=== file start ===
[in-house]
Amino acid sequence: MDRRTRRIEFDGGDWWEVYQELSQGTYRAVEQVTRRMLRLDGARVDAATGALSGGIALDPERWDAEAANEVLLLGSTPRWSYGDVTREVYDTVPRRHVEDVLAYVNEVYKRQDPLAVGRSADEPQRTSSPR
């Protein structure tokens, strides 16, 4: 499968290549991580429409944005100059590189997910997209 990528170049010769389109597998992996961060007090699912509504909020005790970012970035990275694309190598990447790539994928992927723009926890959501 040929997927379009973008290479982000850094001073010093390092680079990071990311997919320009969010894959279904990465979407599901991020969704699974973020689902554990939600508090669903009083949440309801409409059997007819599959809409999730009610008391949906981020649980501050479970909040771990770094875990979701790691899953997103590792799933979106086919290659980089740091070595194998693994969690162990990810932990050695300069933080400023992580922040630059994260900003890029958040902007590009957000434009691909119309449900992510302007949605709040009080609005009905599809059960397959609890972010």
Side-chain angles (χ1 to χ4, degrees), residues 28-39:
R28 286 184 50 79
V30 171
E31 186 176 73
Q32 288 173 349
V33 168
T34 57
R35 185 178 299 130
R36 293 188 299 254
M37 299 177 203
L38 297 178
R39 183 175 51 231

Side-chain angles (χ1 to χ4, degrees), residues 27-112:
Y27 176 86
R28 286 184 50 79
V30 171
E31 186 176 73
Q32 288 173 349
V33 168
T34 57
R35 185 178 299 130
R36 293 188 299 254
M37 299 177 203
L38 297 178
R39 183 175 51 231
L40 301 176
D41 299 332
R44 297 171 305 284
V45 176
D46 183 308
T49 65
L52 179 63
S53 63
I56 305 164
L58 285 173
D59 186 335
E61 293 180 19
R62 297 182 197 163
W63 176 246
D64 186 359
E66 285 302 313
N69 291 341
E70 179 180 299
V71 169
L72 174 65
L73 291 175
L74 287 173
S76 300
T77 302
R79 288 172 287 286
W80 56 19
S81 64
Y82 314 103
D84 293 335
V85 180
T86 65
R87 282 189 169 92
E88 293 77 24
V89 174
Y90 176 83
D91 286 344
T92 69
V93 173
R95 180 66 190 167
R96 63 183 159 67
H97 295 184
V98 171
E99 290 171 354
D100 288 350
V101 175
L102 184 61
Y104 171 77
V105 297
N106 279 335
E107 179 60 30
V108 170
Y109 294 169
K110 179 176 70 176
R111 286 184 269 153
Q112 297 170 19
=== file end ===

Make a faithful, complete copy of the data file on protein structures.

[in-house]
Amino acid sequence: MDRRTRRIEFDGGDWWEVYQELSQGTYRAVEQVTRRMLRLDGARVDAATGALSGGIALDPERWDAEAANEVLLLGSTPRWSYGDVTREVYDTVPRRHVEDVLAYVNEVYKRQDPLAVGRSADEPQRTSSPR
């Protein structure tokens, strides 16, 4: 499968290549991580429409944005100059590189997910997209 990528170049010769389109597998992996961060007090699912509504909020005790970012970035990275694309190598990447790539994928992927723009926890959501 040929997927379009973008290479982000850094001073010093390092680079990071990311997919320009969010894959279904990465979407599901991020969704699974973020689902554990939600508090669903009083949440309801409409059997007819599959809409999730009610008391949906981020649980501050479970909040771990770094875990979701790691899953997103590792799933979106086919290659980089740091070595194998693994969690162990990810932990050695300069933080400023992580922040630059994260900003890029958040902007590009957000434009691909119309449900992510302007949605709040009080609005009905599809059960397959609890972010």
Side-chain angles (χ1 to χ4, degrees), residues 28-39:
R28 286 184 50 79
V30 171
E31 186 176 73
Q32 288 173 349
V33 168
T34 57
R35 185 178 299 130
R36 293 188 299 254
M37 299 177 203
L38 297 178
R39 183 175 51 231

Side-chain angles (χ1 to χ4, degrees), residues 27-112:
Y27 176 86
R28 286 184 50 79
V30 171
E31 186 176 73
Q32 288 173 349
V33 168
T34 57
R35 185 178 299 130
R36 293 188 299 254
M37 299 177 203
L38 297 178
R39 183 175 51 231
L40 301 176
D41 299 332
R44 297 171 305 284
V45 176
D46 183 308
T49 65
L52 179 63
S53 63
I56 305 164
L58 285 173
D59 186 335
E61 293 180 19
R62 297 182 197 163
W63 176 246
D64 186 359
E66 285 302 313
N69 291 341
E70 179 180 299
V71 169
L72 174 65
L73 291 175
L74 287 173
S76 300
T77 302
R79 288 172 287 286
W80 56 19
S81 64
Y82 314 103
D84 293 335
V85 180
T86 65
R87 282 189 169 92
E88 293 77 24
V89 174
Y90 176 83
D91 286 344
T92 69
V93 173
R95 180 66 190 167
R96 63 183 159 67
H97 295 184
V98 171
E99 290 171 354
D100 288 350
V101 175
L102 184 61
Y104 171 77
V105 297
N106 279 335
E107 179 60 30
V108 170
Y109 294 169
K110 179 176 70 176
R111 286 184 269 153
Q112 297 170 19